The Telegraph
Since 1st March, 1999
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Paperback Pickings

A sky full of floating animals

Mapping The Deep: The Extraordinary Story Of Ocean Science (Sort of Books, £ 5.99) by Robert Kunzig is a state-of-the-ocean report on the sea and its science. Amazing oases teeming with life have been found in deep sea volcanic vents, but we have hardly begun to identify their resident species. Apart from plumbing these depths (sometimes in a homespun “bathyscaphe”), Kunzig also puts together a compelling narrative of oceanographers past and present — scientists, pioneers, maverick thinkers, deep water divers and submersible pilots. The allure of the writing is a trifle overdone: “Imagine you looked out of your window one morning and saw a sky full of floating gelatinous animals — jellyfish, siphono- phores and salps sucking in microscopic plankton...A sky like that would be worth exploring, would it not'”

Harvest Of Hate: Gujarat Under Siege (Rupa, Rs 150) by Swami Agnivesh and Valson Thampu is the fruit of a “multi-religious pilgrimage of compassion” undertaken by the authors together with 70 religious leaders in the wake of the pogrom. One wonders if the survivors might not have already had a surfeit of religion, and whether “compassion” is all that spirituality has to offer them. Gujarat books were selling once. This one comes with pieces by Harsh Mander and Arundhati Roy, both of which have been widely circulated in magazines and on the net before being reprinted here.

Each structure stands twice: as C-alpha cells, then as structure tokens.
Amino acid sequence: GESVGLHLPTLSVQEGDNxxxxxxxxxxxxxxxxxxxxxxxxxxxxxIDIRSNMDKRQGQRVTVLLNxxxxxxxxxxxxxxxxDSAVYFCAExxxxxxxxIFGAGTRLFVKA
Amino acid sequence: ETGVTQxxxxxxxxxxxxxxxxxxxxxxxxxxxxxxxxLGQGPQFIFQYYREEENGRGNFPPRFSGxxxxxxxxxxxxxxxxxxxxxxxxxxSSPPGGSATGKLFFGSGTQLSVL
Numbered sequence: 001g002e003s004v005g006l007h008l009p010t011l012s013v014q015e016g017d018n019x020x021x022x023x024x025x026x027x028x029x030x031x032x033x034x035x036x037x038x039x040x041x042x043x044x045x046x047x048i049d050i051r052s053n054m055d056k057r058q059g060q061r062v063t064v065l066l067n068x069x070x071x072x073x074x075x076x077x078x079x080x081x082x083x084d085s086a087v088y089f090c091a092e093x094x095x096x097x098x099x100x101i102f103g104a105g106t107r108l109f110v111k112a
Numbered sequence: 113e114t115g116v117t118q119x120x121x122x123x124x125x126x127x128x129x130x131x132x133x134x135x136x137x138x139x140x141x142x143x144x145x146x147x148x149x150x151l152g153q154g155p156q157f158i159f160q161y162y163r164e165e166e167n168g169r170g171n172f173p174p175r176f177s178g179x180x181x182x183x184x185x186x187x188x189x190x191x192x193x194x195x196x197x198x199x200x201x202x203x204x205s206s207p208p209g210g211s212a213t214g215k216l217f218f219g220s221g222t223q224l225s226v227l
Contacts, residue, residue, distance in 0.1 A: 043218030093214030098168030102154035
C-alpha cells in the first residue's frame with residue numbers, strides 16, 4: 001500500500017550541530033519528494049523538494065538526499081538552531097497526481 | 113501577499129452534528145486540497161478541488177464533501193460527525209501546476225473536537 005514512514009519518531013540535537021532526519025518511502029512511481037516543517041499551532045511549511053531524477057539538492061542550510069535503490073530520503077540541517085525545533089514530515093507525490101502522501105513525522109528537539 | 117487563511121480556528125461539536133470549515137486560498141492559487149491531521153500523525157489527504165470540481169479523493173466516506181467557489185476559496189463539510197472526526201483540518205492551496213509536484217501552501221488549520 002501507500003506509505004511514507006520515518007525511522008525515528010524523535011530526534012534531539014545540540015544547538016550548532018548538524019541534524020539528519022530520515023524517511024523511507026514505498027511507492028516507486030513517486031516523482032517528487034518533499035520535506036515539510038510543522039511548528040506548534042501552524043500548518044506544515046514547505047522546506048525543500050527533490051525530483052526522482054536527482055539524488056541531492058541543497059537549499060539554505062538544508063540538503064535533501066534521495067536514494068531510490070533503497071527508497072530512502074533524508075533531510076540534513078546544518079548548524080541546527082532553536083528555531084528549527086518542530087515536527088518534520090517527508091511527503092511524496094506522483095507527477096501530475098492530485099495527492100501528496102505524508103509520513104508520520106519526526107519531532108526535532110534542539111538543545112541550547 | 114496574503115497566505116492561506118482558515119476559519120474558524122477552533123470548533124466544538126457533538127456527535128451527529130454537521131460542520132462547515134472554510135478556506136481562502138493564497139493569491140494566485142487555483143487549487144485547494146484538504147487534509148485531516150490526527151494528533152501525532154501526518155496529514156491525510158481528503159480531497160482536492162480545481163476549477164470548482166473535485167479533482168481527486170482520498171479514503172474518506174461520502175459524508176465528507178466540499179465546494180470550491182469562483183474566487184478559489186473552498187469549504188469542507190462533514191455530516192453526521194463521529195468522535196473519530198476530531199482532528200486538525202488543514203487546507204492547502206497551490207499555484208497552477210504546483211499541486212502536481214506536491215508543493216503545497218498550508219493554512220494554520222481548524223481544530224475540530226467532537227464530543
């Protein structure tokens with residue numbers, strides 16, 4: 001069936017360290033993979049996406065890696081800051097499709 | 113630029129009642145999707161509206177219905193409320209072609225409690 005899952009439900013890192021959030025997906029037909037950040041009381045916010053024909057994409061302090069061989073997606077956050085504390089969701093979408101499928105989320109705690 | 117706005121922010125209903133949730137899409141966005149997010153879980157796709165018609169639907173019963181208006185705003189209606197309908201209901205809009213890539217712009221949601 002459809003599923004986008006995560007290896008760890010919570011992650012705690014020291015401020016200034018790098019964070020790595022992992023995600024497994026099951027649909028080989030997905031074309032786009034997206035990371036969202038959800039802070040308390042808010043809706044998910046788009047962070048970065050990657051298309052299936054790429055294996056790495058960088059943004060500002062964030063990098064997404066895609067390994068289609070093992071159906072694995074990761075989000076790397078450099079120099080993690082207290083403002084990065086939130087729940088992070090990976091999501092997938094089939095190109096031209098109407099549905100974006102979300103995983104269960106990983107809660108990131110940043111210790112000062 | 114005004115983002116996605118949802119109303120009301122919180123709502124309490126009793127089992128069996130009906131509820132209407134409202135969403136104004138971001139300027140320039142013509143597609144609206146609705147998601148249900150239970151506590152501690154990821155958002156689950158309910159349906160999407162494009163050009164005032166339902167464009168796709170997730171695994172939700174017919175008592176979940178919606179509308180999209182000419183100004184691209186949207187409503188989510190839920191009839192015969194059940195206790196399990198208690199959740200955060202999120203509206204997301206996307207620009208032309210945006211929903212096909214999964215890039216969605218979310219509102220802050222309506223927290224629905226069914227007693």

TheFolk-songs of Southern India (Rupa, Rs 150) by Charles E. Gover is a reprint of an 1871 collection, done for the Royal Asiatic Society, of “Canar- ese”, Badaga, Tamil, Coorg, Telugu and Malayalam songs. The prime intention of this excellent and fascinatingly annotated collection is “to exhibit irrefragable evidence of the real feelings of the mass of the people, and thus enable Europeans to see them as they are”.

Joothan: a Dalit’s Life (Samya, Rs 185) by Omprakash Valmiki traces the life of a sensitive and intelligent Dalit youth in independent India. Valmiki grows up as an untouchable Chuhra in a village near Muzaffarnagar in Uttar Pradesh, to gain an education and join the “slowly growing ranks of Dalit intellectuals in India”. “Joothan” refers to the scraps of food left on the plates for Dalits. Arun Prabha Mukherjee translates very readably from Valmiki’s original Hindi. Her introduction is learned and lucid, and fills out the socio-legal and activist backgrounds to this important contemporary work.

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